October 10, 2008

It's Not Having What You Want, It's Wanting What You've Got

It’s Not Having What You Want, It’s Wanting What You’ve Got

I’ve always thought that line (the title of this post) was one of Sheryl Crowe’s better lyrics. And there’s nothing like moving houses to bring it to life. We are pretty minimalist to begin with, or at least the size of our apartment had constrained our ability to be anything more. And we cleaned out and threw away a bunch of things before we moved. Now that we’re almost done unpacking, and we have several empty or nearly empty rooms in our much larger house, the lyric resonates.

I’m sure we’ll ultimately fill up those empty rooms, at least a little bit. That’s what everyone says happens when you expand into more space. But for the most part, we don’t NEED to. The furniture, toys, beds, and chairs that worked for us in one place SHOULD work for us in another. Happiness can’t come from forging forward on the volume of earthly possessions. It should really come from contentment when where you are in life. Anything else is icing on the cake.

That’s probably a good metaphor to think about the road ahead in business and the economy. It’s still not clear to me how much this current mess is going affect the general economy and spending across all sectors. Hopefully confidence returns to the financial markets, the credit crisis passes, and there’s not a general deep recession. But as my colleague Anita is so fond of saying, Hope is not a Strategy, so everyone needs to be bracing themselves for the worst right now.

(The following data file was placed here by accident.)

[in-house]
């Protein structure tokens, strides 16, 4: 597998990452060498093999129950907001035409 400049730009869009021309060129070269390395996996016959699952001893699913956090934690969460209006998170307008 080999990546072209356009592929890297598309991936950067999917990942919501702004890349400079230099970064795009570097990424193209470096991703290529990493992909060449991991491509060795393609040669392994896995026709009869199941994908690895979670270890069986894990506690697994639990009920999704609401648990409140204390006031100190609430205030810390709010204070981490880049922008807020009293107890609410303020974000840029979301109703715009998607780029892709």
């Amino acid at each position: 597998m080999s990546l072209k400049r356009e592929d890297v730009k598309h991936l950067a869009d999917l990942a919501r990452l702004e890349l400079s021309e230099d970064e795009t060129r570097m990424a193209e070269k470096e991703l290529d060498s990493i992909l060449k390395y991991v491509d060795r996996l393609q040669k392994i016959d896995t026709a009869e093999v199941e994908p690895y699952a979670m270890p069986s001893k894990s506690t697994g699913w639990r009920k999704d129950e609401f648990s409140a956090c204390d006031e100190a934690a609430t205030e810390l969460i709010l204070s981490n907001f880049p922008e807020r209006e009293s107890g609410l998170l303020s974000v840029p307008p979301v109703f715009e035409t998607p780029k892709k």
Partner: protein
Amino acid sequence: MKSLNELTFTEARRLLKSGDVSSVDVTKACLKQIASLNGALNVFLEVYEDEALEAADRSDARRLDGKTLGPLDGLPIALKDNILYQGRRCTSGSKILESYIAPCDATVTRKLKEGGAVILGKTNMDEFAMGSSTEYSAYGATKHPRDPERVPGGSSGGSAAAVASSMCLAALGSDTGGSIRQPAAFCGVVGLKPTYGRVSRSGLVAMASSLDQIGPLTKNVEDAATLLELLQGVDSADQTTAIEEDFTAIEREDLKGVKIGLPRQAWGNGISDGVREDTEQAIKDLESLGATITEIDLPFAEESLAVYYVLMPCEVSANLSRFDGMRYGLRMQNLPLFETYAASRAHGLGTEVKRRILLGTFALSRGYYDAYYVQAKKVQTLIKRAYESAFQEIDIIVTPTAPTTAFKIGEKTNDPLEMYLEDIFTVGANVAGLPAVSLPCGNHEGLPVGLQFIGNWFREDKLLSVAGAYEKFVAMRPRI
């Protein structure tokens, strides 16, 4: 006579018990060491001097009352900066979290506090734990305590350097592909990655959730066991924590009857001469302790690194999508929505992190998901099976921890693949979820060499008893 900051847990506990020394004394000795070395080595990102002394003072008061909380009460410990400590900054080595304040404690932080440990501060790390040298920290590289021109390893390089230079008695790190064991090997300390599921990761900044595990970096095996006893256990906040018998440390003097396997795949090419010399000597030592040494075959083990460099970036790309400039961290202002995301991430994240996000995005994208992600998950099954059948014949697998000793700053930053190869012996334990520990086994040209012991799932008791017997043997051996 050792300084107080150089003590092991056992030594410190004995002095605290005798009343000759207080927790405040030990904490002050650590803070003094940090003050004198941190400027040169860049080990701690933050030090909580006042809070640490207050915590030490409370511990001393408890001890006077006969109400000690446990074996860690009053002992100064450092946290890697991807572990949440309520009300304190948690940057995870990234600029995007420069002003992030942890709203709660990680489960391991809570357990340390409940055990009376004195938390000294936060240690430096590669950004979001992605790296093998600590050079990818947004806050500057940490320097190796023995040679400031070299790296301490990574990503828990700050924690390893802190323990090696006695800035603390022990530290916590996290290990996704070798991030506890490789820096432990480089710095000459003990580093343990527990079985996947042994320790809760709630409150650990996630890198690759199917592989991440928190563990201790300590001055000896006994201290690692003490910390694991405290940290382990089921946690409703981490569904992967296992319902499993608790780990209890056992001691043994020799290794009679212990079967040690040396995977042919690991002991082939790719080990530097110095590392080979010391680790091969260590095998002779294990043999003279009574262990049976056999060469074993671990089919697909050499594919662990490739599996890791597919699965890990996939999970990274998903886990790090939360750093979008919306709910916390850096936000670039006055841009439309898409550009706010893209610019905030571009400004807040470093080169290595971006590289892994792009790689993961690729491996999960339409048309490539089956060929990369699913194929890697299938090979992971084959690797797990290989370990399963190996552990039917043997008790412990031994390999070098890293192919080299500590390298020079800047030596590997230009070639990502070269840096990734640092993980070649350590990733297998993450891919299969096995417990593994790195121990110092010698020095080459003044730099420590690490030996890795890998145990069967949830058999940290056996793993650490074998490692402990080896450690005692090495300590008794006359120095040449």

And that means we all need to prepare for Not Having What We Want, but rather Wanting What We’ve Got. Businesses will continue to function and even grow if there’s a recession. But if there’s belt tightening to be done, it means that growth companies will have to shift paradigms a bit. They’ll be investing less in growth and in new things. They’ll be focusing more on profits. There will be less hiring. Promotions and raises and bonuses will be harder to come by (especially on Wall Street!).

None of this means we should stop forging ahead or reduce our ambitions. On the contrary – companies that can figure out how to achieve both growth AND profitability in tough times are the ones that win in the end. But it does mean that we’re in for a long road if we don’t all change our mindset and behaviors to match the times, as growth and profitability together looks quite different from growth at the expense of profitability.

4 responses to “It's Not Having What You Want, It's Wanting What You've Got”

  1. Ed Taussig says:

    Sometimes the worst thing that can happen is for everyone to act logically and in their own best interest. If everyone tightens their belt, it will only lead to a self-fulfilling downward spiral. It may be a paradox, but something to think about as we make individual decisions that together have a macro effect.

  2. That’s true, Ed – definitely – but my point is that there is a way to both act in one’s own self interest AND also not push things into a downward spiral. It just requires thinking differently than we have the last couple years.

  3. I really like this analogy. Really it boils down to putting an emphasis on quality over quantity.